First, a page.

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Chinese firms remain optimistic about U.S. trade

Jennifer Pak Aug 22, 2018
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An electric concept car by two Chinese companies displayed at the Consumer Electronics Show Asia in June 2018. The U.S. accuses China’s government of aggressively working to undermine America’s high-tech industries through unfair trade practices and industrial policies.
Jennifer Pak/Marketplace

The U.S. and China are engaged in lower level trade talks in Washington this week. Though President Donald Trump has said he doesn’t expect any breakthroughs, many Chinese businesses are hopeful. 

Both nations have engaged in tit-for-tat tariffs on some two thousand items.

Even so, many of the Chinese companies affected have told Marketplace they feel rather optimistic. 

“We do not think this is a big problem. The trade dispute will be resolved soon. We are confident about this,” said Juliet Yang, who’s in the pecan business.

Her firm imports raw pecans from the U.S., roasts them and adds flavors before selling them on to Chinese distributors.

She first spoke to Marketplace back in May, a few weeks after China imposed retaliatory tariffs on U.S. food exports, including an extra duty on American pecans of 15 percent.

Now, China has raised the tariff to 40 percent.

Yang is undaunted. She told Marketplace that she still hopes the U.S. and China will call off the tariffs in the next few weeks before the pecan season begins.

Of course, some businesses will downplay the impact of U.S. tariffs to save face. Others may stick to the Chinese government line, which is that tariffs will hurt America more than China.

The U.S. accuses China’s government of  working aggressively to undermine America’s high-tech industries and economic leadership through unfair trade practices and industrial policies. It cites the Asian nation’s Made in China 2025 plan as an example. China’s leaders rarely address the U.S. allegations directly.

However, Chinese academics, exporters and citizens interviewed by Marketplace over the last few months say the trade dispute and tariffs are designed to stunt China’s  economic development.

The Shenzhen firm behind the Handiblox toy robot is trying to break into the American market despite the U.S.-China trade dispute.

At the Asia Consumer Electronics Show in Shanghai this past June, Chinese firms remained upbeat.

Shenzhen Hanwuji Intelligent Technology produces the Handiblox toy robot that teaches computer coding to children.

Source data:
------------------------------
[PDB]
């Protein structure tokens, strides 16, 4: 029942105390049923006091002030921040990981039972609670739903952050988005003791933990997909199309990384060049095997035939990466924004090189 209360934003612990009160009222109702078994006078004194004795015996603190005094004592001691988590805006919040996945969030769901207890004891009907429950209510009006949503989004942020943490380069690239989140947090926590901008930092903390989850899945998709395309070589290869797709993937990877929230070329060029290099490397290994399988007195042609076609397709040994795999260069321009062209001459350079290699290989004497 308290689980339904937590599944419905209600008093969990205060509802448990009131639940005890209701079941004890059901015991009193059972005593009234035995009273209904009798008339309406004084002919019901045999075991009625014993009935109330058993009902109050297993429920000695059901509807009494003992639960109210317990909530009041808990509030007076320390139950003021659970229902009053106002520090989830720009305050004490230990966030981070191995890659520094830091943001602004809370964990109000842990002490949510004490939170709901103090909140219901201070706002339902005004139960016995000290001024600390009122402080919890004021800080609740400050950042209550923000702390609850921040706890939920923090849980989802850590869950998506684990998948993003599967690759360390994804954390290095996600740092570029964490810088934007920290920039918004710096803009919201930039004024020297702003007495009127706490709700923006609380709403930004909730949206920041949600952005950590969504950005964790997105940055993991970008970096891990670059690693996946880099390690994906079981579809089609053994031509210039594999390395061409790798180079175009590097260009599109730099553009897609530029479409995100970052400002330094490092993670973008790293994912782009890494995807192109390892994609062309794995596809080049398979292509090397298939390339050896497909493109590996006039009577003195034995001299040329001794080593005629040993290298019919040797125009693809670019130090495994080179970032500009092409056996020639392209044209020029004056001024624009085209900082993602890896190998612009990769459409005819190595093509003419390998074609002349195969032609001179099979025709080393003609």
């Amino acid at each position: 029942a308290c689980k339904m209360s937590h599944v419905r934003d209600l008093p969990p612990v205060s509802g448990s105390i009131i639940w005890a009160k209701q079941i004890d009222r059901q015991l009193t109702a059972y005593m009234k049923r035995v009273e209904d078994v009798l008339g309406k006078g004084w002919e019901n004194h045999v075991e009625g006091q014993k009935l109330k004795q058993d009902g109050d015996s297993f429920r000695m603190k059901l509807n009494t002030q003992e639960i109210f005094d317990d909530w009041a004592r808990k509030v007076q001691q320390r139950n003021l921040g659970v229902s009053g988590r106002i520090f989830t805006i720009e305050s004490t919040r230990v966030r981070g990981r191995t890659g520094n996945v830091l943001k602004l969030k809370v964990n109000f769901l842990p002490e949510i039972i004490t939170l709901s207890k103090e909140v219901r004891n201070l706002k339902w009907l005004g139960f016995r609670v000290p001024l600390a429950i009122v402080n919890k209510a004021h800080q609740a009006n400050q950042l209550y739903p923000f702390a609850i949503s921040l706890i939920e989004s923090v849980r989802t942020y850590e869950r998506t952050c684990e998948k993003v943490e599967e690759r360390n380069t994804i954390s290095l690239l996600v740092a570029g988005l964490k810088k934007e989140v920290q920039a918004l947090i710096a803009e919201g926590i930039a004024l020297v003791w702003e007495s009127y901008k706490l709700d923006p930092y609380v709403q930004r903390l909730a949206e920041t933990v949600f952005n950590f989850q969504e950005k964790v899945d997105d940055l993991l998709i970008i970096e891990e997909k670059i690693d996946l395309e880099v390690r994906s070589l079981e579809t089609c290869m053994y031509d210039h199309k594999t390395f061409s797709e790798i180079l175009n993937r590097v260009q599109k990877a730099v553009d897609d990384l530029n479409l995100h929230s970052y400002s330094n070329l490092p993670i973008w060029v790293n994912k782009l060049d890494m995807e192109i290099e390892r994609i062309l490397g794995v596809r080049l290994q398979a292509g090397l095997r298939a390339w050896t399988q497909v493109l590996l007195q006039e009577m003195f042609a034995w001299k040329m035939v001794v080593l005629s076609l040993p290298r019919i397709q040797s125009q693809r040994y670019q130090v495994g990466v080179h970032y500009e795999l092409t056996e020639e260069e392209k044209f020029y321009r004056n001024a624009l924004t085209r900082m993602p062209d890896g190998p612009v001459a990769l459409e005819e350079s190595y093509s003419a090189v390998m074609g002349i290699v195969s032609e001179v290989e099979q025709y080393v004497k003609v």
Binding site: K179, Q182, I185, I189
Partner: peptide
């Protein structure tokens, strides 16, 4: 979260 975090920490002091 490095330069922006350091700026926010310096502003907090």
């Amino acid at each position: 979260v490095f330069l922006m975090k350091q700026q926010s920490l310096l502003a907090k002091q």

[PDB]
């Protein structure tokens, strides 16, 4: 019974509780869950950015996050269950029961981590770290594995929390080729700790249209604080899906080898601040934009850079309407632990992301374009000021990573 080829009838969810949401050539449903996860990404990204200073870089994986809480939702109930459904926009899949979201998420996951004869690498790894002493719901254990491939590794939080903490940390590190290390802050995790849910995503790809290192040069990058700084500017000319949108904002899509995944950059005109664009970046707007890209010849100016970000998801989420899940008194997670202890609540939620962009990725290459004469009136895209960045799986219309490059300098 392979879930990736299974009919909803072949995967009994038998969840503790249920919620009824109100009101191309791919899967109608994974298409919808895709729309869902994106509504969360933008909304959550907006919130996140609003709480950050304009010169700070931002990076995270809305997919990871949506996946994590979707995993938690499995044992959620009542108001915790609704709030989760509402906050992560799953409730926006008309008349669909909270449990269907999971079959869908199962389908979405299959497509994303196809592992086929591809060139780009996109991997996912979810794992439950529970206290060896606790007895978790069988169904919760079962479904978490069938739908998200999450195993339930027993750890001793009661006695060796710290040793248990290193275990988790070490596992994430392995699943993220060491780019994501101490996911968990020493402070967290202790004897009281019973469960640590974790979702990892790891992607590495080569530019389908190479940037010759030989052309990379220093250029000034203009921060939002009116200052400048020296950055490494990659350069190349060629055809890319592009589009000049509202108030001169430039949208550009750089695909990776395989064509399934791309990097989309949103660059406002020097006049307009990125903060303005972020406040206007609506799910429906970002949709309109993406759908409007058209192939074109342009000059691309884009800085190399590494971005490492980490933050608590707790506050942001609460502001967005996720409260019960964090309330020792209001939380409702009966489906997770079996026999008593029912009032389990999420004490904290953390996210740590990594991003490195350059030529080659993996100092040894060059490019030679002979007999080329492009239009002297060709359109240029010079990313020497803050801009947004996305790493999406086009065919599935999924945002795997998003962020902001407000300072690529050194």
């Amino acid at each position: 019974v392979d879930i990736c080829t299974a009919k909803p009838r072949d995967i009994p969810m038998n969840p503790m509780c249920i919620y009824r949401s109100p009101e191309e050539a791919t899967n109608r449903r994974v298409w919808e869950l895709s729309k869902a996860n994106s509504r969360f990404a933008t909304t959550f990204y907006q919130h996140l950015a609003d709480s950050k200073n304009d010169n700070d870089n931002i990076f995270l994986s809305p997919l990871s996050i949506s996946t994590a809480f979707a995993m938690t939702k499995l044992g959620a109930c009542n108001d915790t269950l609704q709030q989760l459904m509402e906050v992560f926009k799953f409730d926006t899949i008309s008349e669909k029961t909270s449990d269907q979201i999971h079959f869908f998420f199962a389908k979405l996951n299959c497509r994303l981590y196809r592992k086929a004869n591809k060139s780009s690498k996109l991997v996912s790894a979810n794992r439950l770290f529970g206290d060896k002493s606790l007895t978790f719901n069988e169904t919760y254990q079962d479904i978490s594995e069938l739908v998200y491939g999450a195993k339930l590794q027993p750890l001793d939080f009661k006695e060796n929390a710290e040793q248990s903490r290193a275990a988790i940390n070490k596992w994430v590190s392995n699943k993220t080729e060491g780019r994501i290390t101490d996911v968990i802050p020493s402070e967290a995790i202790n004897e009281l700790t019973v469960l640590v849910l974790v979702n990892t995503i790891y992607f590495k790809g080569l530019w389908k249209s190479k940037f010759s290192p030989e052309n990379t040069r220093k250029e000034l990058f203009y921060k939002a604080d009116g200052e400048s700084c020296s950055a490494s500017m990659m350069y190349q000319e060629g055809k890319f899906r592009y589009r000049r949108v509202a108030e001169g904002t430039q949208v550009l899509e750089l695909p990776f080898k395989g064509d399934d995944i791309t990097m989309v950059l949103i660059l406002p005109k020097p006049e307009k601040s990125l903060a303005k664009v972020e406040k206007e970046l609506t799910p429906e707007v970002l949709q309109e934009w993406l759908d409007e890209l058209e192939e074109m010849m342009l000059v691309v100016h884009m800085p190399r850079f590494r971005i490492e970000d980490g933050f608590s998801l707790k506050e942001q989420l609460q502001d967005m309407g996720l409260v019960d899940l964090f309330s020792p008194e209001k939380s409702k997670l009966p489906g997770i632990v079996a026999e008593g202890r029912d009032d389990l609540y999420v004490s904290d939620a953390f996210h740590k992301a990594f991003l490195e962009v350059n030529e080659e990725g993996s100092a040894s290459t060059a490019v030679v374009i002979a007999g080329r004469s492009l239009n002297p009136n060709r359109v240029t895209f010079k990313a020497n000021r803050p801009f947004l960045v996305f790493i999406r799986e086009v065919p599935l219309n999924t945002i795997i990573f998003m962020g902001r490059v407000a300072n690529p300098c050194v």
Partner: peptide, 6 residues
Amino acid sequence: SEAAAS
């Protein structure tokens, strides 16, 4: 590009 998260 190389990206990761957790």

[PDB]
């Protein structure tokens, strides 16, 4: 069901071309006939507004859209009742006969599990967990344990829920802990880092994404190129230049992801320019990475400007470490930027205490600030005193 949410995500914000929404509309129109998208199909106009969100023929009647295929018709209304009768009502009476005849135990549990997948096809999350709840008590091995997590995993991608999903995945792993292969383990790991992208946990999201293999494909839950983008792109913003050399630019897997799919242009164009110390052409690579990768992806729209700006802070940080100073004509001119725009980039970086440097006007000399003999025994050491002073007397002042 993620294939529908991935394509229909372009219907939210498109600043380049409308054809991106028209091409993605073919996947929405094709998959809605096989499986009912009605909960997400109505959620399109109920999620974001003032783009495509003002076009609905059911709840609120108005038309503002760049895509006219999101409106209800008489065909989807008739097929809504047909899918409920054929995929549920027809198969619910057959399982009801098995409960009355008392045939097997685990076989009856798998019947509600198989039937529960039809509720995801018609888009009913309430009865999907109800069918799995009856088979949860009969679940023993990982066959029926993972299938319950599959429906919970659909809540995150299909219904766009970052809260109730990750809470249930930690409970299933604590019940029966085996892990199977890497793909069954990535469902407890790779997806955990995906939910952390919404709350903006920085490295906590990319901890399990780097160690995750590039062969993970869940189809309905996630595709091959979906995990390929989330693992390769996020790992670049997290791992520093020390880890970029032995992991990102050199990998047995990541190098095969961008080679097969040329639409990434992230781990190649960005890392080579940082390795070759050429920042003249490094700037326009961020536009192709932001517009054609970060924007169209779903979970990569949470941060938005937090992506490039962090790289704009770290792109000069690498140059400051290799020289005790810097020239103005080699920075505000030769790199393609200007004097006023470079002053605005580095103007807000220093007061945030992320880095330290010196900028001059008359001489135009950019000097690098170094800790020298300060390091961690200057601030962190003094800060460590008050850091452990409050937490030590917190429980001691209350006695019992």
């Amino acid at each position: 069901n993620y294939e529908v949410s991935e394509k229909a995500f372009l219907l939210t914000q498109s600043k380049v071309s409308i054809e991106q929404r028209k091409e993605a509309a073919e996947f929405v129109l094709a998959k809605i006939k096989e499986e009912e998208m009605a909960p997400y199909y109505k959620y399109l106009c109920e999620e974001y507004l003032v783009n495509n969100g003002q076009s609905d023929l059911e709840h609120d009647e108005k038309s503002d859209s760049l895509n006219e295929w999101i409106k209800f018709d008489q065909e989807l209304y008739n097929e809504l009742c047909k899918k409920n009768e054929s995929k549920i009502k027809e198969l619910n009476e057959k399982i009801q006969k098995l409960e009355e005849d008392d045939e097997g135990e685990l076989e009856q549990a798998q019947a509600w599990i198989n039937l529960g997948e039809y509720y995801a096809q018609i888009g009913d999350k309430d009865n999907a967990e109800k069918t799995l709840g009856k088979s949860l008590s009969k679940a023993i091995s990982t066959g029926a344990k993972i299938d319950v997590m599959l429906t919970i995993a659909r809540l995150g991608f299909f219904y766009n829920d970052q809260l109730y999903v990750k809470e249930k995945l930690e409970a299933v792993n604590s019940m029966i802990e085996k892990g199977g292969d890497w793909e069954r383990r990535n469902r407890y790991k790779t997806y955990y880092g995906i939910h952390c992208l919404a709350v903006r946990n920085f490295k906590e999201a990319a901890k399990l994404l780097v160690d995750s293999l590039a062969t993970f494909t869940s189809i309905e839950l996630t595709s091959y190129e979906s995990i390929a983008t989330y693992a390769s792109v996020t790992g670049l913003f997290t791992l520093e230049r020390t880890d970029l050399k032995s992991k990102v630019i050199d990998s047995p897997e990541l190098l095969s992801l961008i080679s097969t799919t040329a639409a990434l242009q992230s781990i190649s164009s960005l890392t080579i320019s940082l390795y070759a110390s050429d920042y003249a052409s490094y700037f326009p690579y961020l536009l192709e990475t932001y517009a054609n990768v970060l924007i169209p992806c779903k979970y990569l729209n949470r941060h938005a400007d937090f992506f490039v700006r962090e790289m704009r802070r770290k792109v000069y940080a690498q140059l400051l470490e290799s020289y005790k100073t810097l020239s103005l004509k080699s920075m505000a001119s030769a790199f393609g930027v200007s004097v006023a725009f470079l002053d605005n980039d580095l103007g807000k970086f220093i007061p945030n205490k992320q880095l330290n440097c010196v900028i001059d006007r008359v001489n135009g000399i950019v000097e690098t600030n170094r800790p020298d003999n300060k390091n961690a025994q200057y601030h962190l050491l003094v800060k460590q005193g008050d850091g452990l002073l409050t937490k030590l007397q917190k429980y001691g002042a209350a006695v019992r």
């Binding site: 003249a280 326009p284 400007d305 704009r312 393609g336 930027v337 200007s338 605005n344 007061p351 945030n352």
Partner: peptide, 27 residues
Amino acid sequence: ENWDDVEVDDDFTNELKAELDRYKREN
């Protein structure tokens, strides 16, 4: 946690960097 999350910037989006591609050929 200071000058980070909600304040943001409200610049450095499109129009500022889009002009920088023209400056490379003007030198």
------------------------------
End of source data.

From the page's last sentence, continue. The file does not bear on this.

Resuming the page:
Claudia Zhou, who handles the firm’s overseas sales, said her product was initially on the U.S. tariff list but, to her delight, it was later dropped from the list.

“Trump is a very cunning president. I believe that he values access to the Chinese market, and he won’t keep China’s sellers out of the American market either,” Zhou said. Her company plans to expand into the U.S. market through electrical retailer Best Buy and some American wholesalers.

For some Chinese manufacturers, even the threat of tariffs may affect business in the long term.

One maker of medical supplies told Marketplace that his orders dropped after his products were initially included on the U.S. tariff list on $50 billion worth of Chinese imports.

His items were later removed from the tariff list, but he said orders from American clients have not returned to normal levels.

He did not want to be identified because, he says, trade is a politically sensitive topic and he fears he could get into trouble with the Chinese government.

The medical equipment manufacturer said he is still hopeful that the leaders of the U.S. and China will settle the trade dispute soon because the two countries’ economies are so interdependent.

Wuxi Xinren Universal Machinery company mainly makes pile drivers for the American market and the products have recently been subject to a 25 percent U.S. tariff. Luckily his U.S. partner hasn’t asked him for a price discount.

Wang Yao with Wuxi Xinren Universal Machinery company has a more pessimistic outlook.

His factory in the eastern city of Wuxi, near Shanghai, produces pile drivers that have been exported for construction projects across America. These products have recently been subjected to a 25 percent U.S. tariff.

However, Wang said, most of his Chinese competitors think his firm is lucky.

“Our U.S. partner has decided to pass the extra costs to customers by raising its own sales price by 25 percent,” Wang said.

Still, he is thinking of ways to reduce costs for his U.S. client. He says the steel frames needed to guide pile drivers are subject to U.S. tariffs too. Wang is now planning to manufacture the frames and other accessories in America and avoid the duties.

Wang said he is preparing for a drawn-out trade dispute between the U.S. and China.

“Even if the two sides reach a consensus, I think the trade relationship will follow the trend of protectionism,” he said.

But, he said few of his industry colleagues share his concern.

“My friends in the industry, the Chinese media, pundits and even my U.S. partner are all too optimistic that the trade dispute will be resolved soon,” he said.

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